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This link is updated regularly and contains technical data supporting the role of fungi and their byproducts in the disease process.  The purpose of this link is twofold; 

1. Many physicians, nurses or other healthcare professionals want more information on the fungus link to serious illness prior to prescribing anti-fungal medications or recommending a dietary change for their patients.  The articles posted in this link are scientific and with few exceptions are taken from medical journals familiar to healthcare workers.  In the interest of brevity, Luke Curtis, MD, locates relevant articles and then extrapolates the information making review simple.  Of course, the entire article is also attached.

2. Many lay people ask us for technical data supporting the link between exposure to fungus and symptoms and diseases.  We encourage all visitors to this site to take some time and study these technical articles prior to initiating lifestyle changes, including dietary changes and to do so with their physician's awareness and approval.  Tens of thousands of scientific articles confirm a fungus or fungal byproduct link to disease.  Attached are more recent articles.
Nov, 13
2017
luke-curtis Coccidioides is a fungus common in the arid Southwestern United States which can cause severe and sometimes life-threatening infections of the lung and other parts of the body. A case report was made of a 42-year-old male west Texas farmer who presented with a 2-month history of shortness of breath, fever, fatigue, night sweats, and weight loss (1).

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luke-curtis The human mouth often contains heavy growth of fungi such as Candida and potentially harmful bacteria such as various species of Streptococcus and Staphylococcus.  Growth of Candida and various bacteria in the mouth has been linked to oral health problems such as gingivitis and dental cavities. 

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Sep, 25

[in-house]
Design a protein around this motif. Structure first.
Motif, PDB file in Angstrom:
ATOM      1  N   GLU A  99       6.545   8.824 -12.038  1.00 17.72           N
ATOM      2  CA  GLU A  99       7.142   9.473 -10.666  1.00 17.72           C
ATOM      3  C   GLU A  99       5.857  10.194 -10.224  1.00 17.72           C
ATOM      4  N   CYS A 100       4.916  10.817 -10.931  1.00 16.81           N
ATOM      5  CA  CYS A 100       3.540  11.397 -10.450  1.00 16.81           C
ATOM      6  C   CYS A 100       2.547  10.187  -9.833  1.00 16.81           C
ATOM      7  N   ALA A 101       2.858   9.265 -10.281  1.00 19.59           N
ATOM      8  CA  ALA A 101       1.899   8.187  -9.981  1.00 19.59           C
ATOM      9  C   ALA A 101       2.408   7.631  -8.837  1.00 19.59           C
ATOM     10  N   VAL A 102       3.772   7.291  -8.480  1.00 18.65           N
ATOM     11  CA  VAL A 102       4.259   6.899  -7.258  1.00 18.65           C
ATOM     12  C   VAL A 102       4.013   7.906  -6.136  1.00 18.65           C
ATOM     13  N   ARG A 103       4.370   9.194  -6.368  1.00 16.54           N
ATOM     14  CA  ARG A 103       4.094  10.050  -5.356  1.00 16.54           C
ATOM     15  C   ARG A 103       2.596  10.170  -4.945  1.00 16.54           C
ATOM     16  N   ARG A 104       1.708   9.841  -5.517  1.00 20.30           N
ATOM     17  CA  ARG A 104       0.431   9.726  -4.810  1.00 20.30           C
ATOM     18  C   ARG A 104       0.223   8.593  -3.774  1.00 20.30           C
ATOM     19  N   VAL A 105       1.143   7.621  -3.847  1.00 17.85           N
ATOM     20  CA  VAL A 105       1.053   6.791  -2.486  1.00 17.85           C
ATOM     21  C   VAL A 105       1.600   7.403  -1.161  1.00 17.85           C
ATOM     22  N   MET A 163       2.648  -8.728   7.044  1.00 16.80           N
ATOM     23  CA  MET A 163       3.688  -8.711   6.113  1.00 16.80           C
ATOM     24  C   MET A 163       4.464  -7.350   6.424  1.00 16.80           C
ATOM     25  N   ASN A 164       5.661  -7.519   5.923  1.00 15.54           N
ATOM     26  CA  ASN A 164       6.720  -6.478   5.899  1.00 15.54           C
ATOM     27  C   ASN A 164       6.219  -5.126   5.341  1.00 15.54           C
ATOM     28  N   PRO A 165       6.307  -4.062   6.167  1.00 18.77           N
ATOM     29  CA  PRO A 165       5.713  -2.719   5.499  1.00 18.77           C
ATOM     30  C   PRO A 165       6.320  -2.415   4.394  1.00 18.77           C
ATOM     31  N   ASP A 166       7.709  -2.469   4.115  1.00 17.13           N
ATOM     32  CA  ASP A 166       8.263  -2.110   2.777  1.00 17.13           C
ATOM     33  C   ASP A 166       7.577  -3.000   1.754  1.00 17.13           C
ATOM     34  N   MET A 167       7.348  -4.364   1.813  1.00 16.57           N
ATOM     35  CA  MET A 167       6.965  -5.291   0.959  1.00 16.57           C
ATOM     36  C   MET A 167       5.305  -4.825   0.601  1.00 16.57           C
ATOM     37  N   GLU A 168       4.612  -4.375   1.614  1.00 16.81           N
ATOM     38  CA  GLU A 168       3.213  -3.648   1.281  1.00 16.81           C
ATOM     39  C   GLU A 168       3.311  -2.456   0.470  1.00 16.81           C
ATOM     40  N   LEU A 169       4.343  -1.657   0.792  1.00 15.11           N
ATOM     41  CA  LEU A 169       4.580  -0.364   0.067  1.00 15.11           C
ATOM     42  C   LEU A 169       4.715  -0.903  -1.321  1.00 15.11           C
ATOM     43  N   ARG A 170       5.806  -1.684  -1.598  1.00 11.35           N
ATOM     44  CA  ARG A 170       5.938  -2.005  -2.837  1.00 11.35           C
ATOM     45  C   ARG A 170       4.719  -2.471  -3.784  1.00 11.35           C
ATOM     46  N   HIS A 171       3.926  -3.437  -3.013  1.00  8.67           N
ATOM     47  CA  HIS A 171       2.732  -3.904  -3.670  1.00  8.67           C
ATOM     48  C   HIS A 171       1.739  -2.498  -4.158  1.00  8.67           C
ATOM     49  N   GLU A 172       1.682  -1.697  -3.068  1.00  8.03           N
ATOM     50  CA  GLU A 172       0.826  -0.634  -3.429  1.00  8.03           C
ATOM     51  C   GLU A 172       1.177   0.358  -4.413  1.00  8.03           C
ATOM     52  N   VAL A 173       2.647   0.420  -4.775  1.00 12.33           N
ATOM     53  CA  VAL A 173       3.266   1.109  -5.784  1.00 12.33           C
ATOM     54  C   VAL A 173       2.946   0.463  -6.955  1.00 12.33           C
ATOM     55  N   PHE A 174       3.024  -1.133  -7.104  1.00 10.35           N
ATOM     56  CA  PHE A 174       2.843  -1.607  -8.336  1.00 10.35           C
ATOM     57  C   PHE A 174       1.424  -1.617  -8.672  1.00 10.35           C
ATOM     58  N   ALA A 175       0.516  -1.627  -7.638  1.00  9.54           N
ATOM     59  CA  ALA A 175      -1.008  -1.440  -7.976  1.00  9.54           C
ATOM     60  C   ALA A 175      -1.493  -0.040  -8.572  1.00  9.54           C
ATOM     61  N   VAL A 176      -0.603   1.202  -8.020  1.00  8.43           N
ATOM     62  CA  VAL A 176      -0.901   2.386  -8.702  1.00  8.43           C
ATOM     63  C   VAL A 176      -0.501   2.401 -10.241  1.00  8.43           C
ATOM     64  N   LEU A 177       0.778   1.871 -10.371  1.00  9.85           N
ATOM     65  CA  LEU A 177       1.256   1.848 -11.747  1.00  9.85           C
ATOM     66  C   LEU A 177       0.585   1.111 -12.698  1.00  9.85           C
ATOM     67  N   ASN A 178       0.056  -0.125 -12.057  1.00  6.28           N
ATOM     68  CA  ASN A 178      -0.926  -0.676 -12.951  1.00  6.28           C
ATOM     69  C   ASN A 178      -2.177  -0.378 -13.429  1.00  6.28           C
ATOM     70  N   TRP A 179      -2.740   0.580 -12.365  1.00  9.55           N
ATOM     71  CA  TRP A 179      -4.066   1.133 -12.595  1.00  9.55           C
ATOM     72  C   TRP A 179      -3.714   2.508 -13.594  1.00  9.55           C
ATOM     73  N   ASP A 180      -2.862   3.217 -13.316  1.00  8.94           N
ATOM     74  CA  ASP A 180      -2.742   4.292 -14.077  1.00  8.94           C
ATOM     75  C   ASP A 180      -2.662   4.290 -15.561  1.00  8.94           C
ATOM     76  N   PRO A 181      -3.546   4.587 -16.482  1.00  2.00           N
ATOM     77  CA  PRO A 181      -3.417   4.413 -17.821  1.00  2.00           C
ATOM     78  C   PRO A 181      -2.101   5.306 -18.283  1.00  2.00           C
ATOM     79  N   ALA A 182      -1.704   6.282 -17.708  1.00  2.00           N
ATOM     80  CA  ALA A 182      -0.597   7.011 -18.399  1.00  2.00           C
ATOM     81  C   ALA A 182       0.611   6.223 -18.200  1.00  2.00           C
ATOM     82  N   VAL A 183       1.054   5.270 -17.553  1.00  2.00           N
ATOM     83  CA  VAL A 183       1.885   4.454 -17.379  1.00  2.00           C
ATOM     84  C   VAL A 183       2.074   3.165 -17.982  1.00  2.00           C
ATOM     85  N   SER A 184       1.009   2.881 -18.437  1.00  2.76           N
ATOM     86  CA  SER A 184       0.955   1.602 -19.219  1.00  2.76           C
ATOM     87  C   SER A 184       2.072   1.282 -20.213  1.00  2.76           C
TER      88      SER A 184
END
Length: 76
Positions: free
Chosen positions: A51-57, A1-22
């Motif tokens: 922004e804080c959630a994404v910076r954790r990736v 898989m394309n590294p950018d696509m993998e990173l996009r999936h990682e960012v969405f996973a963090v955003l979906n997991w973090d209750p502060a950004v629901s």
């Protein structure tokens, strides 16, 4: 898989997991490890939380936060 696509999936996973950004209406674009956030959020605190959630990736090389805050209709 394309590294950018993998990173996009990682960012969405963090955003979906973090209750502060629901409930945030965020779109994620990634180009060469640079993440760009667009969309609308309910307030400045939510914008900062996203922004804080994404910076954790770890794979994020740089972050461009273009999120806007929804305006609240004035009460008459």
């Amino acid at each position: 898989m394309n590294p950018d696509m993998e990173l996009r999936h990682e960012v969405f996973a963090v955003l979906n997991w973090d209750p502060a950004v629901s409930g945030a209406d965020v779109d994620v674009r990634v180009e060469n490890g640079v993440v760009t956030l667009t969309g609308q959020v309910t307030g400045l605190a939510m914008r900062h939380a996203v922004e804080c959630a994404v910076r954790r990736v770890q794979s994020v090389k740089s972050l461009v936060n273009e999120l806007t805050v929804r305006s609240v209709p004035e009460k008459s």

2017

Mold exposure and Links to Alzheimer’s dementia

luke-curtis Exposure to indoor mold, bacteria, water damage, and particulates have been associated with development of dementia.  A case series was presented of 7 patients (aged 50 to 72 years, mean age 57) who developed Alzheimer’s type III dementia following documented exposure to indoor mold and water damage 1. 

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Sep, 25
2017

Indoor Mold Exposure and Autism

luke-curtis Exposure to indoor mold, mycotoxins, bacteria, and water damage may play a role in the development and/or worsening of autism spectrum and Asperger’s.  Kilburn et al reported that 6 out 35 indoor mold exposed children aged 5 to 13 were diagnosed with autistic spectrum disorders 1. 

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Aug, 23
2017
luke-curtis It is estimated that 20 to 40% of the homes, schools, and workplace buildings in Europe and North America experience significant water damage and or visible mold growth. Many studies have reported that such indoor mold and moisture damage is associated with many adverse health conditions including asthma 1 , sinus problems 2, and neurological problems such as poor concentration and memory 3. 

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